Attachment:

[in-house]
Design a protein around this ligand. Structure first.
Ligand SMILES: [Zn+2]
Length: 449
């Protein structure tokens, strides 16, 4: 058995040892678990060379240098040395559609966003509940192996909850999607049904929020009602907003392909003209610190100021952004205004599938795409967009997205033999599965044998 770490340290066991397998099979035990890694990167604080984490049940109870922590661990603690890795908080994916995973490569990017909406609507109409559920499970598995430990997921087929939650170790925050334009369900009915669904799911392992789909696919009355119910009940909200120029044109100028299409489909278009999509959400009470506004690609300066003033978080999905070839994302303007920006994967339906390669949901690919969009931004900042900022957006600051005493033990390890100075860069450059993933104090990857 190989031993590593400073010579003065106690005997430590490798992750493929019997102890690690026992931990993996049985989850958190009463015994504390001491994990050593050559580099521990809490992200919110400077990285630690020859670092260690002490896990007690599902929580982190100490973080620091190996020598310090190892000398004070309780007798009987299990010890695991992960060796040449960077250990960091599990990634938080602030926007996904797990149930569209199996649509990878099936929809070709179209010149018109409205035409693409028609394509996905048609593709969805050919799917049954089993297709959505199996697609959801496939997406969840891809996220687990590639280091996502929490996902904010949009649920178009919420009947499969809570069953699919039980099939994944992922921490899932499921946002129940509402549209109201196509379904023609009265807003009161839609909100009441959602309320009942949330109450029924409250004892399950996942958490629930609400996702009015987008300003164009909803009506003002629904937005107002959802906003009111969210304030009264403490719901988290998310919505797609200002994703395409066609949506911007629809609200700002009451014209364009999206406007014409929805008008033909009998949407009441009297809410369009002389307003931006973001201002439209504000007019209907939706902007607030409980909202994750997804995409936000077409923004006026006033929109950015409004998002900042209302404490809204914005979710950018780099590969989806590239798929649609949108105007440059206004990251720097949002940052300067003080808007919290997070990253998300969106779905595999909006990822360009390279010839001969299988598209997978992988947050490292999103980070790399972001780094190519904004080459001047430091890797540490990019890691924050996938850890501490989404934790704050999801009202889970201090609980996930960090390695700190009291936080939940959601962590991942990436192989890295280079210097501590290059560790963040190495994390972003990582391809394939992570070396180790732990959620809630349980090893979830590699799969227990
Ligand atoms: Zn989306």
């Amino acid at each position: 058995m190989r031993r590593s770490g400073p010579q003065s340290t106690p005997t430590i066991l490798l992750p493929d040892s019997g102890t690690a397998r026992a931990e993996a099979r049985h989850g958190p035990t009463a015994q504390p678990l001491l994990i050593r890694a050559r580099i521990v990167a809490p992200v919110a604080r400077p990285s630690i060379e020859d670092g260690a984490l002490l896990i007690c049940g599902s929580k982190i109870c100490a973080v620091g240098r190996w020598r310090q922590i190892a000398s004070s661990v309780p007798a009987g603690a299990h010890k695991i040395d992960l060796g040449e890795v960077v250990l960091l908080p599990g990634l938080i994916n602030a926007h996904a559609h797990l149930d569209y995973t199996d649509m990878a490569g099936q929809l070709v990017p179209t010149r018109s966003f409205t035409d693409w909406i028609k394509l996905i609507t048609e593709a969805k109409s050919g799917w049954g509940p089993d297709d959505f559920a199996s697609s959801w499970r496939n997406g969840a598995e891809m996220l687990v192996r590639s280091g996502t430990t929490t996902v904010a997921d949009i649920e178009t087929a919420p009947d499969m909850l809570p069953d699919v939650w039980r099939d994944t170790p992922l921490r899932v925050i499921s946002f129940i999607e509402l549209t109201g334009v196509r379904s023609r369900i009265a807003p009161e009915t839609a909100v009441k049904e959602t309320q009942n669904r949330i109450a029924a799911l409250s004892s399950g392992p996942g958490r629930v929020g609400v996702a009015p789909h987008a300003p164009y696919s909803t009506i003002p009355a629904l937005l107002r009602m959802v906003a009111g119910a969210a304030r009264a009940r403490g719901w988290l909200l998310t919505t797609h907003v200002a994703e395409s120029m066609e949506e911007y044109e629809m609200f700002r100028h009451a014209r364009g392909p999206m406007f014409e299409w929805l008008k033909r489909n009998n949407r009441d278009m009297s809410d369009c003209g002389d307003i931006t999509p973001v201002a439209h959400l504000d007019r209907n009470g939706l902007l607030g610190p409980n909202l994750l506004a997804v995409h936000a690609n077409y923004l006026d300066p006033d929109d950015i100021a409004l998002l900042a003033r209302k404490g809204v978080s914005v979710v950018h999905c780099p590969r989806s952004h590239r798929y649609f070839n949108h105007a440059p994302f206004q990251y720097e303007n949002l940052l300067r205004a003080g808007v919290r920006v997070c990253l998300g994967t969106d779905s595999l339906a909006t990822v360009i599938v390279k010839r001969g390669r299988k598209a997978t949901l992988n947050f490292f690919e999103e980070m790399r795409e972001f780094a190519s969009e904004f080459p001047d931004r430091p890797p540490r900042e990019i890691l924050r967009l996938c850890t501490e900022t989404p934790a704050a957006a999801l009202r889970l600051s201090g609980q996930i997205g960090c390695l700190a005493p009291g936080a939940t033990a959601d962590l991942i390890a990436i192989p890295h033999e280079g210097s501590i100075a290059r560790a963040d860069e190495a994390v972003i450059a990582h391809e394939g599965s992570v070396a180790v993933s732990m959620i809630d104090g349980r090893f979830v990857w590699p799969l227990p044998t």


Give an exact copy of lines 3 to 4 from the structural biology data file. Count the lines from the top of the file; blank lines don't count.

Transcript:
Ligand SMILES: [Zn+2]
Length: 449